“Our main market is cars from the 1950s to the 1970s,” says Rob. “We’re just beginning to see cars from the 1980s. Predominantly we specialise in Formula 1 racers, but the work we receive is quite varied.”
Rob spends about 32 weekends trackside each year. He glances at his wall planner. “Goodwood. Three member meetings; Festival; Revival. Masters; F1 Series; Monza; Silverstone; Brands Hatch; Nürburgring.”
The majority of Rob’s clients used to be UK customers, but now about half of all his business comes from outside the UK. US and Continental customers – Italians especially – make up a significant quantity, with many of his cars’ owners seeking to drive their pride and joy on the very tracks upon which they made history the first time around.
What about modern F1 cars, or the new breed of Formula E vehicles? “You can’t hate it. And you won’t halt it,” says Rob, philosophically. But you can sense that he’s a fan of mechanicals, not electronics. “1998, the Festival of Speed,” he recalls.
“A McLaren Peugeot stalled on the starting line. 10 people were trying to get it going; one engineer and three people on computers. It’s becoming too clinical, more electronics and fewer mechanics, smaller tolerances and people looking for hairline improvements.”
“As for electrification, one of the things I love is the sound. There’s something about the sound of a car’s engine that connects you, viscerally, to its power.”
Whilst the majority of Hall & Hall vehicles are post-war examples, they see their fair share of pre-war vehicles with lots of power, little braking and skinny tyres. You had to be made of stern stuff, Rob observes.
“Later Formula 1 cars were different. They still gave you a workout but in a different way,” he says. “It’s easy to make a car fast in a straight line but making a car that’s fast around corners is much more difficult.”
“Rules on what is permitted in motorsport have gradually been tightened up, but there was a time in the 1980s when there were bigger grids and more diverse cars. V12s; V6s; flat 12s.”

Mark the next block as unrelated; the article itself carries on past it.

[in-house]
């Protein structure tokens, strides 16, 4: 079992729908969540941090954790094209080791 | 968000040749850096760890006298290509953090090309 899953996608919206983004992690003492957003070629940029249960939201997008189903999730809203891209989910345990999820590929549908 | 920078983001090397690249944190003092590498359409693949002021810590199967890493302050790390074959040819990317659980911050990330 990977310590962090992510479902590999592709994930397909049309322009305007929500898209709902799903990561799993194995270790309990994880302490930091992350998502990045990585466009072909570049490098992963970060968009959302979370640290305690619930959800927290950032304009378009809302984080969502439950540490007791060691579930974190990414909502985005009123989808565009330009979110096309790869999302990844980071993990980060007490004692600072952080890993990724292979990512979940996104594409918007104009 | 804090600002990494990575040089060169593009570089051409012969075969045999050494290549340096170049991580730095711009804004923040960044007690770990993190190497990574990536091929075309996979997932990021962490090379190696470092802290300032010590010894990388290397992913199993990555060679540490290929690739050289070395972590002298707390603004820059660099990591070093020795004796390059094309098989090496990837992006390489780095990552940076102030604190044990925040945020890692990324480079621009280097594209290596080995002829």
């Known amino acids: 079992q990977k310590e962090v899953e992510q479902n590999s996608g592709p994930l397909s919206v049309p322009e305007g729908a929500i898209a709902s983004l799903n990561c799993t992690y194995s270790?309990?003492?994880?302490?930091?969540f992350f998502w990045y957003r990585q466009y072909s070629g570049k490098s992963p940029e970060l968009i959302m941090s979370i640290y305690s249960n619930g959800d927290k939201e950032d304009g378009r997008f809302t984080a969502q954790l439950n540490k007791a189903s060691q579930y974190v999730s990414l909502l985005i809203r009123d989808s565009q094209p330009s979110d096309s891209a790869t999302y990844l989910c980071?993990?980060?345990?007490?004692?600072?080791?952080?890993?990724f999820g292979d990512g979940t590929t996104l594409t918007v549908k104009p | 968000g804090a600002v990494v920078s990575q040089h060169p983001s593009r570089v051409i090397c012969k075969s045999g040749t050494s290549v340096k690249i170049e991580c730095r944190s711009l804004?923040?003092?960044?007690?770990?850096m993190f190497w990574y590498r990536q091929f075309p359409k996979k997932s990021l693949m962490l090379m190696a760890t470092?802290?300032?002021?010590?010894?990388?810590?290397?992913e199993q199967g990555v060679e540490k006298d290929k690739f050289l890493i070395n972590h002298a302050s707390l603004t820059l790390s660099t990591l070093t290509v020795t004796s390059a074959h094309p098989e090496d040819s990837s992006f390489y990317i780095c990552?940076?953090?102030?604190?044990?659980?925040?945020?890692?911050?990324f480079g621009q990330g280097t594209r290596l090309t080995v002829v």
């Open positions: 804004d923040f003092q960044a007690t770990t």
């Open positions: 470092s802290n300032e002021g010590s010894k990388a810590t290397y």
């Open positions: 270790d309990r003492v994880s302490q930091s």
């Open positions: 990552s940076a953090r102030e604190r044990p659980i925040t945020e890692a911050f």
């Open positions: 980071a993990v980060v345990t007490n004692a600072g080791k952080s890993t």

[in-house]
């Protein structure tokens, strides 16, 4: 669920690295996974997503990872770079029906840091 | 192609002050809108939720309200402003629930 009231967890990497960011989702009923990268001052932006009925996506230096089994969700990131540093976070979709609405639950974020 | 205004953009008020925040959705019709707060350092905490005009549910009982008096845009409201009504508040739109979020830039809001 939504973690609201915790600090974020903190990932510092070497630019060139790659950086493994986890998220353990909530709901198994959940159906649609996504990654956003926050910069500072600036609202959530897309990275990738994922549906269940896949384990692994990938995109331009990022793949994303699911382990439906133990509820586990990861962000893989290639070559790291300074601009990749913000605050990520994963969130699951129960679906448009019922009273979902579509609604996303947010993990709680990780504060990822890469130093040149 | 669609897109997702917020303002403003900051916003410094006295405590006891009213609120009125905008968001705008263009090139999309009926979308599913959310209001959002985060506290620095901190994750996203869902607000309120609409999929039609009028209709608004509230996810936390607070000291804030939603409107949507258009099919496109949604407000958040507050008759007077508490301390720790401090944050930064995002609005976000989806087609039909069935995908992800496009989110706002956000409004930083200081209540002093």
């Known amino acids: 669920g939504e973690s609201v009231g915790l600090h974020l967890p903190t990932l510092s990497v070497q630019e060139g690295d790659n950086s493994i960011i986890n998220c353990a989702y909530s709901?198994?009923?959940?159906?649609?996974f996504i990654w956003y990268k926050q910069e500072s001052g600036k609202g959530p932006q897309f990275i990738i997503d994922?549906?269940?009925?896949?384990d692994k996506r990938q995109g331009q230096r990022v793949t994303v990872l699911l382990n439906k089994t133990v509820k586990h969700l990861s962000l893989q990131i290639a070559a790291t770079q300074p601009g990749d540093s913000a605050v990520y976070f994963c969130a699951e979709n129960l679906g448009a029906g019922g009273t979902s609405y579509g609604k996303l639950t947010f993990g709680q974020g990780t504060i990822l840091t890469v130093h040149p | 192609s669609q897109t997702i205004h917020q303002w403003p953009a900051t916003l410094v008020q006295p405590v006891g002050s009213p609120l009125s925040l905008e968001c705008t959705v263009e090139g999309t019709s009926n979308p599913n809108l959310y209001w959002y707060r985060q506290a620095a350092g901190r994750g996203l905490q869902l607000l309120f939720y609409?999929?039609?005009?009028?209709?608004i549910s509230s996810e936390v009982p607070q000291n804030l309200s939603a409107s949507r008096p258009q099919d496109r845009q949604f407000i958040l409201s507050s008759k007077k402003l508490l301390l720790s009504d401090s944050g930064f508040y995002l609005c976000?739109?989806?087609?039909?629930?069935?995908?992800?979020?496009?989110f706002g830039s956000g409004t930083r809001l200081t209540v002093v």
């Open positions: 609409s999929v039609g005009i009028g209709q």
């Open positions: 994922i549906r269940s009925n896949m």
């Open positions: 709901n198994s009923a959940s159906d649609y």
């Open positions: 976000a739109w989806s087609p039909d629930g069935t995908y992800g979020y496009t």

So what has been Rob’s most memorable motor? “A 5.8 litre straight-eight supercharged Mercedes W125 from 1935.”
“When the average car was doing 30mph – 60 if you were lucky – this thing did 180mph. It must have seemed like a space rocket!”
As for the value of each car under Hall & Hall’s charge, they vary enormously. A car’s livery, previous driver and any previous wins in the vehicle can all separate two otherwise mechanically identical cars of the same type and age.
Needless to say, the engineering challenges are reflected in the cost of maintaining such vehicles, too. A strip and service of an engine? You’re looking at £15-£25k. New tyres? Well the good news is that they are available from stock. The bad news is you’re looking at £1,000 for a tyre.
But for the cars’ owners, money is of little concern when set against the pleasure of racing such machines and set against the knowledge that the cars are being preserved for the future, appreciating in value certainly intrinsically… but hopefully financially too.
Business, Rob says, is quieter than usual for the time of year. Doesn’t seem like it in the workshop, but apparently some customers are keeping their precious assets on the continent just in case Brexit hinders their ability to transport their assets without tariffs.
With such a specialist service though and with few firms around the UK able to offer such a high standard of care for their clients’ priceless assets, Hall & Hall will endure for decades yet, regardless of what happens with Europe, with electrification or with motorsport.
And as for Rob and his team, their business is neither a job nor a career; it’s a vocation.
Without experts like Rob and his team, the latter half of the 20th century would be an era of mechanical achievement which fades into obscurity, rather than remaining a part of British sporting history, when the roar of a turbocharged V16 Formula 1 engine served as a clarion call to champion the good old days of mechanics over electronics.